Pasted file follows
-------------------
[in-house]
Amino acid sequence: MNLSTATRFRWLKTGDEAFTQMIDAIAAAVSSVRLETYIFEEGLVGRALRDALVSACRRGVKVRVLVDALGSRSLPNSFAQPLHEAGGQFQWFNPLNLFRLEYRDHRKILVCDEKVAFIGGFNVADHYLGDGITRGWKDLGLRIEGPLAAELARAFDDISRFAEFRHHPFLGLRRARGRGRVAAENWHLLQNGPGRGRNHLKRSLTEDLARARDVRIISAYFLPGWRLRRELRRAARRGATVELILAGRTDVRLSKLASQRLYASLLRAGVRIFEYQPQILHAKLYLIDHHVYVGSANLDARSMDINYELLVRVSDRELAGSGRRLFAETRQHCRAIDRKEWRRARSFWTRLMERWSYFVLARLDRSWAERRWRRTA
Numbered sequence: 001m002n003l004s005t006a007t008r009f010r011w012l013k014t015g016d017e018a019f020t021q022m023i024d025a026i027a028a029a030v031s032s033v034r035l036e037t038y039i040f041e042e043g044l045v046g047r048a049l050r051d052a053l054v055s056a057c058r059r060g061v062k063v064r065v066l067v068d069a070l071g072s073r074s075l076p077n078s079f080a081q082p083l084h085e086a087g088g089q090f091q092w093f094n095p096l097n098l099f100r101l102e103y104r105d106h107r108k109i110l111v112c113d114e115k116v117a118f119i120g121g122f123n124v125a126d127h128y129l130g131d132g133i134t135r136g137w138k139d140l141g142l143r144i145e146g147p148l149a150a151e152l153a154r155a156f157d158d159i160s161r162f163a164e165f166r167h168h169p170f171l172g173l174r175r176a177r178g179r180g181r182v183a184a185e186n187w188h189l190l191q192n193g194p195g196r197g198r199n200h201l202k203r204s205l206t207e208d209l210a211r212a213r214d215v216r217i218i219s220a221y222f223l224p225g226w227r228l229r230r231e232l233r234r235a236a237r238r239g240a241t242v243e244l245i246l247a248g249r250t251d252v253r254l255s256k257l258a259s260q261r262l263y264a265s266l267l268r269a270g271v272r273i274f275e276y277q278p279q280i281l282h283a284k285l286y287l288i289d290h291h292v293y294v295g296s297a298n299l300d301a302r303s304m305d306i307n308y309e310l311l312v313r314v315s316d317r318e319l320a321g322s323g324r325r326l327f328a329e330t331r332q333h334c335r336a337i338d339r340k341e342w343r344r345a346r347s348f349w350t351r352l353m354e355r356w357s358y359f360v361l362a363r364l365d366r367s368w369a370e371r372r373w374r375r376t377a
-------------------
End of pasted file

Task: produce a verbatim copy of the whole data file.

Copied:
[in-house]
Amino acid sequence: MNLSTATRFRWLKTGDEAFTQMIDAIAAAVSSVRLETYIFEEGLVGRALRDALVSACRRGVKVRVLVDALGSRSLPNSFAQPLHEAGGQFQWFNPLNLFRLEYRDHRKILVCDEKVAFIGGFNVADHYLGDGITRGWKDLGLRIEGPLAAELARAFDDISRFAEFRHHPFLGLRRARGRGRVAAENWHLLQNGPGRGRNHLKRSLTEDLARARDVRIISAYFLPGWRLRRELRRAARRGATVELILAGRTDVRLSKLASQRLYASLLRAGVRIFEYQPQILHAKLYLIDHHVYVGSANLDARSMDINYELLVRVSDRELAGSGRRLFAETRQHCRAIDRKEWRRARSFWTRLMERWSYFVLARLDRSWAERRWRRTA
Numbered sequence: 001m002n003l004s005t006a007t008r009f010r011w012l013k014t015g016d017e018a019f020t021q022m023i024d025a026i027a028a029a030v031s032s033v034r035l036e037t038y039i040f041e042e043g044l045v046g047r048a049l050r051d052a053l054v055s056a057c058r059r060g061v062k063v064r065v066l067v068d069a070l071g072s073r074s075l076p077n078s079f080a081q082p083l084h085e086a087g088g089q090f091q092w093f094n095p096l097n098l099f100r101l102e103y104r105d106h107r108k109i110l111v112c113d114e115k116v117a118f119i120g121g122f123n124v125a126d127h128y129l130g131d132g133i134t135r136g137w138k139d140l141g142l143r144i145e146g147p148l149a150a151e152l153a154r155a156f157d158d159i160s161r162f163a164e165f166r167h168h169p170f171l172g173l174r175r176a177r178g179r180g181r182v183a184a185e186n187w188h189l190l191q192n193g194p195g196r197g198r199n200h201l202k203r204s205l206t207e208d209l210a211r212a213r214d215v216r217i218i219s220a221y222f223l224p225g226w227r228l229r230r231e232l233r234r235a236a237r238r239g240a241t242v243e244l245i246l247a248g249r250t251d252v253r254l255s256k257l258a259s260q261r262l263y264a265s266l267l268r269a270g271v272r273i274f275e276y277q278p279q280i281l282h283a284k285l286y287l288i289d290h291h292v293y294v295g296s297a298n299l300d301a302r303s304m305d306i307n308y309e310l311l312v313r314v315s316d317r318e319l320a321g322s323g324r325r326l327f328a329e330t331r332q333h334c335r336a337i338d339r340k341e342w343r344r345a346r347s348f349w350t351r352l353m354e355r356w357s358y359f360v361l362a363r364l365d366r367s368w369a370e371r372r373w374r375r376t377a